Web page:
This article explores how two novels of the Belfast Blitz (1941), Brian Moore’s semi-autobiographical novel, The Emperor of Ice Cream (1965) and Lucy Caldwell’s These Days (2022), play with the expectations associated with the bildungsroman. Tracing the literary history of the genre in Ireland and elsewhere, and how these novels might fit into such a literary history, this article grapples with what the “future” might mean for the protagonists of these novels in a Belfast gripped by conflict: past, present and future. In teasing out the intertextual language of change used in both novels—intertexts drawn primarily from Irish poetry and, for Caldwell, to Moore’s own novel—it becomes clear that coming of age in the Northern statelet is a fraught process. By paying attention to the formal and thematic properties of these novels, I argue that ultimately both authors queer the bildungsroman as an allegory of individual, social, and national progress.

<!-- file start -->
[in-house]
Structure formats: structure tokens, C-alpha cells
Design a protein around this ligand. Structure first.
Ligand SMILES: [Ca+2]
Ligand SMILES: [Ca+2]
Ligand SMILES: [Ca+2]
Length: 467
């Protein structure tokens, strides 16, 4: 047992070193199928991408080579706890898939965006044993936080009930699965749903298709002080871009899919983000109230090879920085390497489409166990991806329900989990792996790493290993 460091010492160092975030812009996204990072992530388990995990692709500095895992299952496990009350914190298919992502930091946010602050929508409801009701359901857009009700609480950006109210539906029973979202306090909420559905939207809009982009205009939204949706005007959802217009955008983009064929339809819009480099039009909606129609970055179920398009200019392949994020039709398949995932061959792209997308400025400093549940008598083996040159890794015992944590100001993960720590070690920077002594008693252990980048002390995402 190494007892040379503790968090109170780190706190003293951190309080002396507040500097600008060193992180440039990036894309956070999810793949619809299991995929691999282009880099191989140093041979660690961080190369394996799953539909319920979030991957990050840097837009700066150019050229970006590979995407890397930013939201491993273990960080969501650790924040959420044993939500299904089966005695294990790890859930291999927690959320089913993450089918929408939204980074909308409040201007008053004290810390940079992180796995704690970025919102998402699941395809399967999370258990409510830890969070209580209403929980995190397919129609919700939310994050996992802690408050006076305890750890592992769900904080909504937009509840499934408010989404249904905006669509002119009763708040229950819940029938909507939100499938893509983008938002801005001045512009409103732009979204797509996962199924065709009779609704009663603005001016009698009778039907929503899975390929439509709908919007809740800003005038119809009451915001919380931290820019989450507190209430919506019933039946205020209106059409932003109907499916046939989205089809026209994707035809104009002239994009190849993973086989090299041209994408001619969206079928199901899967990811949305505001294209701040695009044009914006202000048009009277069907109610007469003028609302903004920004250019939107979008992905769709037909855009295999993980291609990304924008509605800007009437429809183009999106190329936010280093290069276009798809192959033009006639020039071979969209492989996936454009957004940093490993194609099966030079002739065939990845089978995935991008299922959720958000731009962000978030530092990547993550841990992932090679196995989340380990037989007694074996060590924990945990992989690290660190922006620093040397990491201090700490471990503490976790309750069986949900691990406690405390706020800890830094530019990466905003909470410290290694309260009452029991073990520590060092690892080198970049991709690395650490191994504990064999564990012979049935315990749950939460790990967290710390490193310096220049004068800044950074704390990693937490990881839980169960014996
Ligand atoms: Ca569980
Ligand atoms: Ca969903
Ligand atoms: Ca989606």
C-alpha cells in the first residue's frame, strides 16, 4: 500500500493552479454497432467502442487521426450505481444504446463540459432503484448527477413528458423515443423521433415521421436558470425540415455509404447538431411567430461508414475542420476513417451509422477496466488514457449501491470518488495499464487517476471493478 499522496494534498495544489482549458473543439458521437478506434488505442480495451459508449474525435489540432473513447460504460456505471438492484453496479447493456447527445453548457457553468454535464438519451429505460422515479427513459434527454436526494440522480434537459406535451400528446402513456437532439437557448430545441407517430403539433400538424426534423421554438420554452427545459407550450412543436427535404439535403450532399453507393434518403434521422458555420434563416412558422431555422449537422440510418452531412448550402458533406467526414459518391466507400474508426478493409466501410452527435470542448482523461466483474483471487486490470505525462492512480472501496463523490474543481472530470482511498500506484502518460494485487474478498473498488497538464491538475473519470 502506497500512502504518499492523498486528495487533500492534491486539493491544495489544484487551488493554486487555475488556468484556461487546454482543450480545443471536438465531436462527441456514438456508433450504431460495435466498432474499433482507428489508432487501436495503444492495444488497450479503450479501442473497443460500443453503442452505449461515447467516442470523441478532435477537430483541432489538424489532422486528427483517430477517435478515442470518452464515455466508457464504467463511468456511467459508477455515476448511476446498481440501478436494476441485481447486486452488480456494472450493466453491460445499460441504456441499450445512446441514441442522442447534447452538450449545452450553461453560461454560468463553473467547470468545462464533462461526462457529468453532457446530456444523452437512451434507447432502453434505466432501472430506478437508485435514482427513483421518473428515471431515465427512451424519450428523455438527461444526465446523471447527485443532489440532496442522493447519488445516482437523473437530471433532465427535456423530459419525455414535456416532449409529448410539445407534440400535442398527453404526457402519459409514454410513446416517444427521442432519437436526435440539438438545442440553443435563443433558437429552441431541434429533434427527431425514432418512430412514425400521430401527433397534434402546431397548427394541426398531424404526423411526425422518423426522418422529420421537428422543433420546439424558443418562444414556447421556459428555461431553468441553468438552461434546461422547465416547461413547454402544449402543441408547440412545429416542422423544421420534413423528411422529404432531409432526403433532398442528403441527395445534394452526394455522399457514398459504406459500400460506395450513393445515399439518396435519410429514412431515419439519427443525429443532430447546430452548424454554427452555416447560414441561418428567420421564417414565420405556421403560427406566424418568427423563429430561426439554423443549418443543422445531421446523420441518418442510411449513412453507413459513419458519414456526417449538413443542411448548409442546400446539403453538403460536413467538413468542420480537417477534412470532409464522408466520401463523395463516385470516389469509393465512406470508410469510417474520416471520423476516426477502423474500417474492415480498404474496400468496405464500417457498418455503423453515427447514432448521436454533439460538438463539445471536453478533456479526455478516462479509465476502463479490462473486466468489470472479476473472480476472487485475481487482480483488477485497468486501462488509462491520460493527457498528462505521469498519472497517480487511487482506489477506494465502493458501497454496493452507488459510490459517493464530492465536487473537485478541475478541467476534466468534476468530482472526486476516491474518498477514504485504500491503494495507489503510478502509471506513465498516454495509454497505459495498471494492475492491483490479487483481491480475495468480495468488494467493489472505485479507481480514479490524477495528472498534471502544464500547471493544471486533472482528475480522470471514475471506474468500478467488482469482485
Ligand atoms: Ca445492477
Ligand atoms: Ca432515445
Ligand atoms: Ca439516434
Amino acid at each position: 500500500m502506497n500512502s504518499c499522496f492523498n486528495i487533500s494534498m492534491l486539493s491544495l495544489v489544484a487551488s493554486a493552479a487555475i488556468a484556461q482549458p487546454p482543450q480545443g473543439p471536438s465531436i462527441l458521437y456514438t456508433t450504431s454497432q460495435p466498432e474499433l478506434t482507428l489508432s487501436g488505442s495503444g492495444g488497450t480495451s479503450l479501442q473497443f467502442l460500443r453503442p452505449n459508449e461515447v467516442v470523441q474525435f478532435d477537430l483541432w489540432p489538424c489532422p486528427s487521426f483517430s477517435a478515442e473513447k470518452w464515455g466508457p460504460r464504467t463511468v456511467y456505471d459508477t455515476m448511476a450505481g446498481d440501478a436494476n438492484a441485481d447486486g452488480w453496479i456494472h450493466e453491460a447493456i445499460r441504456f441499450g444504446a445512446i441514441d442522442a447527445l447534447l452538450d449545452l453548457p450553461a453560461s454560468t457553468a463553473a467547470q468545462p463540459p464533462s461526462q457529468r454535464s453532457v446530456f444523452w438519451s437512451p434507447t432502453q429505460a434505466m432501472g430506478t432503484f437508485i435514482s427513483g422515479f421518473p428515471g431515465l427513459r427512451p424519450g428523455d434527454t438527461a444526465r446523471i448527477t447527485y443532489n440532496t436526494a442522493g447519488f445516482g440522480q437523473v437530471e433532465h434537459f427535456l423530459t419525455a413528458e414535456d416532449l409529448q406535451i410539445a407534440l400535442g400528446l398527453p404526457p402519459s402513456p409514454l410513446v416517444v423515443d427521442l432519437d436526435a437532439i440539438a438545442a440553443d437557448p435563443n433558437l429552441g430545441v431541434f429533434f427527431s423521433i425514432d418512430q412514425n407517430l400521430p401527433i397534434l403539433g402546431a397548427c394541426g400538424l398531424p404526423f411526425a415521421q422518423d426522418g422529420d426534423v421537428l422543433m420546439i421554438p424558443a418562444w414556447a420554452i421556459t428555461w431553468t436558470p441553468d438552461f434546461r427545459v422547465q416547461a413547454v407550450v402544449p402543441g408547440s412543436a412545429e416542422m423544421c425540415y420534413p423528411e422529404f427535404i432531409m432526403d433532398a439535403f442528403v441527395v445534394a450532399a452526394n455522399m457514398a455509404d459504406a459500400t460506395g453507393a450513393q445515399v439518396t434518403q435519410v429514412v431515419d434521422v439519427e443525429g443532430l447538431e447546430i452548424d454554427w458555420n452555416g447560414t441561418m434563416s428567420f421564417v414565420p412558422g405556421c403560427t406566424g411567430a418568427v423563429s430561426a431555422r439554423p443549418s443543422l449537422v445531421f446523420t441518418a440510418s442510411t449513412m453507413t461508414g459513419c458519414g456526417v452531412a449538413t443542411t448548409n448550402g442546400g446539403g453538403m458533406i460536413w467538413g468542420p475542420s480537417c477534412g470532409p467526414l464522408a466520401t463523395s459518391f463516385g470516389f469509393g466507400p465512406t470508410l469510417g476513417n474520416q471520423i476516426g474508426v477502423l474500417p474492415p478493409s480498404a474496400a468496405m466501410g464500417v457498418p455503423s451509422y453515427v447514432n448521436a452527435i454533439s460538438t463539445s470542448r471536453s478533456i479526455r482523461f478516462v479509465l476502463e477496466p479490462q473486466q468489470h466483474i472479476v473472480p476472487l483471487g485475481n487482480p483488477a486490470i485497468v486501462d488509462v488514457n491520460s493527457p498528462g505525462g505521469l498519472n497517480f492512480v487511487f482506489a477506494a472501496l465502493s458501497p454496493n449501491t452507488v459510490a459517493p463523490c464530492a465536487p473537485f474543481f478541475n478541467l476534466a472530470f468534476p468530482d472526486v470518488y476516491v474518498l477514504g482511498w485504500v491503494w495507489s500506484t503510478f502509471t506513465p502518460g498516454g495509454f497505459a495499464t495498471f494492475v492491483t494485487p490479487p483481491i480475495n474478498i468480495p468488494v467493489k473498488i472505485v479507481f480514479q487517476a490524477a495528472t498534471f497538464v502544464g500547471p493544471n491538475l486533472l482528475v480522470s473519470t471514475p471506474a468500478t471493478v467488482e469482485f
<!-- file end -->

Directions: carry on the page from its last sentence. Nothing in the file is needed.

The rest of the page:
|Number of pages
|Canadian Journal of Irish Studies
|Published - 01 Jul 2021